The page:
One spring break my husband and I took my three kids on a mission trip. We chose an organization in the Yucatán Peninsula that worked with children. My kids knew a little Spanish but they planned to depend on me since I studied it in college; 23 years later and I was finally going to use my degree.
During our trip we spent hours one day in Sucopo fitting adults with reading glasses. While my husband and I helped with the fittings, my son joined the neighborhood basketball game and my girls painted faces and fingernails. After all this, the time came to distribute some gifts to the local children. We had brought pencils, erasers and combs to hand out.
I reviewed the vocabulary with Moises, the man in charge. He reminded me that I would be mobbed and it was up to me to keep order. I was ready. I used my best Spanish and asked the children (as though the objects weren’t self-explanatory): “Would you like a pencil?”…“Would you like a comb?” The children were delighted and grateful.
As I offered the gifts, I noticed the girls giggling and recoiling as they tried not to touch the combs while reaching for the pencils. As I watched them, I was moved by how writing and education were so much more important to these girls than appearances. American girls could learn a lot from this group.
Was that it — less interest in grooming? Or was it the fact that thin plastic combs are terrible? My mind raced now. Maybe I should have splurged for hairbrushes. I was trying to make my dollars go as far as I could, to give the most number of items, reach the most kids — you can buy a handful of combs for the price of one hairbrush. I felt embarrassed as I realized I had been selfish. My kids don’t use combs. Why did I think these girls, simply because they have so little, would want cheap, hair-ripping combs? I could have spent a few more dollars. I hoped I hadn’t insulted them.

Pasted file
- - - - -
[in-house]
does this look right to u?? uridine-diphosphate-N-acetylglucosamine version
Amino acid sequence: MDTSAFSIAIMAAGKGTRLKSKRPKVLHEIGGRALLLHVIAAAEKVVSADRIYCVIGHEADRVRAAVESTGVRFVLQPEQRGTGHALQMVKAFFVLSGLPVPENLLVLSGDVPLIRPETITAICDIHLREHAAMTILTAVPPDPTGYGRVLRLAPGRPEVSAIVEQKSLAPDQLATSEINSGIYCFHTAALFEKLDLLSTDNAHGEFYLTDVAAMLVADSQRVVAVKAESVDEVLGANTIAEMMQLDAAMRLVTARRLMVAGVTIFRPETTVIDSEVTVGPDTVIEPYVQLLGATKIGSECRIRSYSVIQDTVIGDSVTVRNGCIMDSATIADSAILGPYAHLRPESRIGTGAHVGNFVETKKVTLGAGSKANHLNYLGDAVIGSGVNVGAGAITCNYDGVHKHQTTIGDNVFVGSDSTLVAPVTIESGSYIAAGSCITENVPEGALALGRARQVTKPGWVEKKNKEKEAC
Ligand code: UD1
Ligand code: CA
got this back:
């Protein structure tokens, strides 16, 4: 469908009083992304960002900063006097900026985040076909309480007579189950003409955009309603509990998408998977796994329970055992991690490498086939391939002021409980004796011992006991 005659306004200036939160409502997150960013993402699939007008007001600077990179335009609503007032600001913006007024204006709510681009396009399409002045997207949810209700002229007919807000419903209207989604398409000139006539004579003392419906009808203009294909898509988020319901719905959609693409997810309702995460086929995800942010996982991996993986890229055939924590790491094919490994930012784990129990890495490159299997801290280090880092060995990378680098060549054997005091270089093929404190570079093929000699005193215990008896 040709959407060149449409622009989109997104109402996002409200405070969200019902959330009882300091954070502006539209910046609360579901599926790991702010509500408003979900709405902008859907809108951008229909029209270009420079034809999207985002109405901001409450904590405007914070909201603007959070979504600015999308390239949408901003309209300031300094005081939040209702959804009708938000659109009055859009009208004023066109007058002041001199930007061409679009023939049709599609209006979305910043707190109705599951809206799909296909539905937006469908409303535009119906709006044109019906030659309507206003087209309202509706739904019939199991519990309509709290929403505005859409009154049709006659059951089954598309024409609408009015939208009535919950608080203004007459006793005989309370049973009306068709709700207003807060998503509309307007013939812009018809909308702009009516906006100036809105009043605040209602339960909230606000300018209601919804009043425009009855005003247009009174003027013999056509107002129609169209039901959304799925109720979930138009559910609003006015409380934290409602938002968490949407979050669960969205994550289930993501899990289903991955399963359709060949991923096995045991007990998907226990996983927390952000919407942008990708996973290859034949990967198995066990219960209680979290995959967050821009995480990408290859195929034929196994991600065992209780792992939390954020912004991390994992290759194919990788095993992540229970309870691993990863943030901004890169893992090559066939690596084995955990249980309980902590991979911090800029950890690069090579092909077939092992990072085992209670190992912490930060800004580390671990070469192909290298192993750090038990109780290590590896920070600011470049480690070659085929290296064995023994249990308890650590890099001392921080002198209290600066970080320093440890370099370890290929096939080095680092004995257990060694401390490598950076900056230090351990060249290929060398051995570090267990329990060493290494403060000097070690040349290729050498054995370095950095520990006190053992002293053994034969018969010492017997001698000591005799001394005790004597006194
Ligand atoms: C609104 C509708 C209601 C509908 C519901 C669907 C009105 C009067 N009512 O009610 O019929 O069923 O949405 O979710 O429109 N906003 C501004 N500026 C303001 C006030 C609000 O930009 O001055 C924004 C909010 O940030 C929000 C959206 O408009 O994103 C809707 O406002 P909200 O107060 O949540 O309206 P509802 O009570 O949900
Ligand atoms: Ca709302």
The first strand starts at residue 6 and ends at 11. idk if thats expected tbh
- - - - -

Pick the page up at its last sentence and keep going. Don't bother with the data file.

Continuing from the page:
As I thought through all this, I noticed the boys had a mischievous look about them. They laughed and pushed each other. One boy pointed to his friend and said in Spanish, “he would like a comb,” then they’d laugh and playfully hit each other some more. Some of them stood back and watched. They called for another boy who was off playing nearby. It was clear he was a leader. The kids had all eyes and ears on him. He said to me in clear Spanish, “Yes, I would like a comb, please.” They all laughed as he selected one.
Something was wrong…they were laughing at me, but I wasn’t being funny; I was trying to be nice. I was confused. Before when we handed out things they would swarm us; it was almost intimidating, though they meant no harm. Whatever we had was gone in seconds. But now…I still had a handful of combs.
I asked Moises why the kids didn’t want them. In the course of our conversation, through my less-than-polished Spanish, we discovered the problem. In my defense it was just a letter “I.” But one letter can make a big difference…instead of saying comb, or “peine,” in Spanish, I had been offering the kids a “pene.” A penis.
I returned to the group determined to get it right and disprove any developing theories that I was some sort of gringa pervert. When offered as “peines,” the combs were gone in seconds.
— Sarah Press Dickerson
Sarah Press Dickerson disappointed her family many years ago by not becoming a doctor of any type. She instead followed her heart and has enjoyed an illustrious career as a stay-at-home mom of three for the past 18 years. Sarah is a humor essayist who lives with her husband and children in Charlottesville, Virginia.